11. 11. Friday, January 30, 2015 Emma Westecott 11Friday, January 30, 2015 Emma Westecott 11 The Art Of The Game • Tiffany Holmes has used the term “art game” to define an interactive work that ‘challenges cultural stereotypes, offers meaningful social or historical critique, or tells a story in a novel manner’ (Holmes, 2003).
  12. 12. Friday, January 30, 2015 Emma Westecott 12Friday, January 30, 2015 Emma Westecott 12 The Art Of The Game • the lively arts – digital games are coming out of the entertainment closet e.g. political, educational, social applications of form. the dance between technology and art spawns multitudes of new form e.g. locative experiences, convergent media, etc. – applying the lens of art history e.g. effect of photography to liberate older forms from realism, what might drive digital game form to escape current aesthetic?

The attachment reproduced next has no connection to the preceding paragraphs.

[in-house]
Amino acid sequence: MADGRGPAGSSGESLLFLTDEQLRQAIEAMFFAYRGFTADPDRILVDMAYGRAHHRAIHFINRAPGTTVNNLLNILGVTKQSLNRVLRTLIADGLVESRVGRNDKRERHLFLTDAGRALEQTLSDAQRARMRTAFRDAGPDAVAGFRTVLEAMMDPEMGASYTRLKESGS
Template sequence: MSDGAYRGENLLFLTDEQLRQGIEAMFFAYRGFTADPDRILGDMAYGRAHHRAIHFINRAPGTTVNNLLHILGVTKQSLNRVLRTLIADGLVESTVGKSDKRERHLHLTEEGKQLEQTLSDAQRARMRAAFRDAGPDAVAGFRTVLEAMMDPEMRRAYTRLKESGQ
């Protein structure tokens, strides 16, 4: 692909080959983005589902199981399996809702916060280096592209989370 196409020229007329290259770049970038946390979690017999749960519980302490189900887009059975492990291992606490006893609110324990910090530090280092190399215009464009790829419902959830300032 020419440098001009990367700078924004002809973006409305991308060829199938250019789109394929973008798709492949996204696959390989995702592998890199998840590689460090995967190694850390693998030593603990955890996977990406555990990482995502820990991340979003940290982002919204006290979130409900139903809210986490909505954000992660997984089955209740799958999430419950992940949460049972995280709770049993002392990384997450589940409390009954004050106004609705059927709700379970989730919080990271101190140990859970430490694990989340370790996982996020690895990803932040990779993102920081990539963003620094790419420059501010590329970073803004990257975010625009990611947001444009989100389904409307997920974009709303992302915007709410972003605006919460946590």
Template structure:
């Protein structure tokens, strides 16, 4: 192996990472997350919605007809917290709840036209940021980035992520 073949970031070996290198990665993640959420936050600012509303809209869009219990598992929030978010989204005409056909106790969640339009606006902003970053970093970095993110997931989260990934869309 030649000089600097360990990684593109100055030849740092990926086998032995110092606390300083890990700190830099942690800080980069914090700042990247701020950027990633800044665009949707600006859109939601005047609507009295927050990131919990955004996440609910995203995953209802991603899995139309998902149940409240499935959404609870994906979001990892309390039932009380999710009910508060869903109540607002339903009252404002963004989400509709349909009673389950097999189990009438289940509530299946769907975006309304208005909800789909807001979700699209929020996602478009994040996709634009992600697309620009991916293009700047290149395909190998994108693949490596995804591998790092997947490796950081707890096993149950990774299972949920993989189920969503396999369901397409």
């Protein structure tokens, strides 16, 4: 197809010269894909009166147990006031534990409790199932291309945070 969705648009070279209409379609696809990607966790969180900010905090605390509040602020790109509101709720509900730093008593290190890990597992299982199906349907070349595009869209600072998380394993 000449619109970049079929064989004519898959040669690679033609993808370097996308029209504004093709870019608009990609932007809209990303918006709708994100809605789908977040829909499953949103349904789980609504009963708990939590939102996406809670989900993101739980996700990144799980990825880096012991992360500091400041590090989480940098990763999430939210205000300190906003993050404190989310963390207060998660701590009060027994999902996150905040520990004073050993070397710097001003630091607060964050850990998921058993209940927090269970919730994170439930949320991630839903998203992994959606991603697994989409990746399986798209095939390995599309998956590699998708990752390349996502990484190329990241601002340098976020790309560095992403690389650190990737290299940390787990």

13. 13. Friday, January 30, 2015 Emma Westecott 13Friday, January 30, 2015 Emma Westecott 13 • modding - subverting the rules Waco Resurrection (2003) http://waco.c-level.cc/
  14. 14. Friday, January 30, 2015 Emma Westecott 14Friday, January 30, 2015 Emma Westecott 14 The Art Of The Game MODDING - subverting the rule Waco Resurrection (2003) http://waco.c-level.cc/
  15. 15. Friday, January 30, 2015 Emma Westecott 15Friday, January 30, 2015 Emma Westecott 15 The Art Of The Game MACHINIMA - recording the engine Dance Voldo Dance (2002) Chris Brandt http://www.bainst.com/madness/voldo.html
  16. 16. Friday, January 30, 2015 Emma Westecott 16Friday, January 30, 2015 Emma Westecott 16 The Art Of The Game INDEPENDENT GAME DEVELOPMENT - building games with other intentions
  17. 17. Friday, January 30, 2015 Emma Westecott 17Friday, January 30, 2015 Emma Westecott 17 The Art Of The Game INDEPENDENT GAME DEVELOPMENT - building games with other intentions http://www.youtube.com/watch?v=fEI9a2nedEs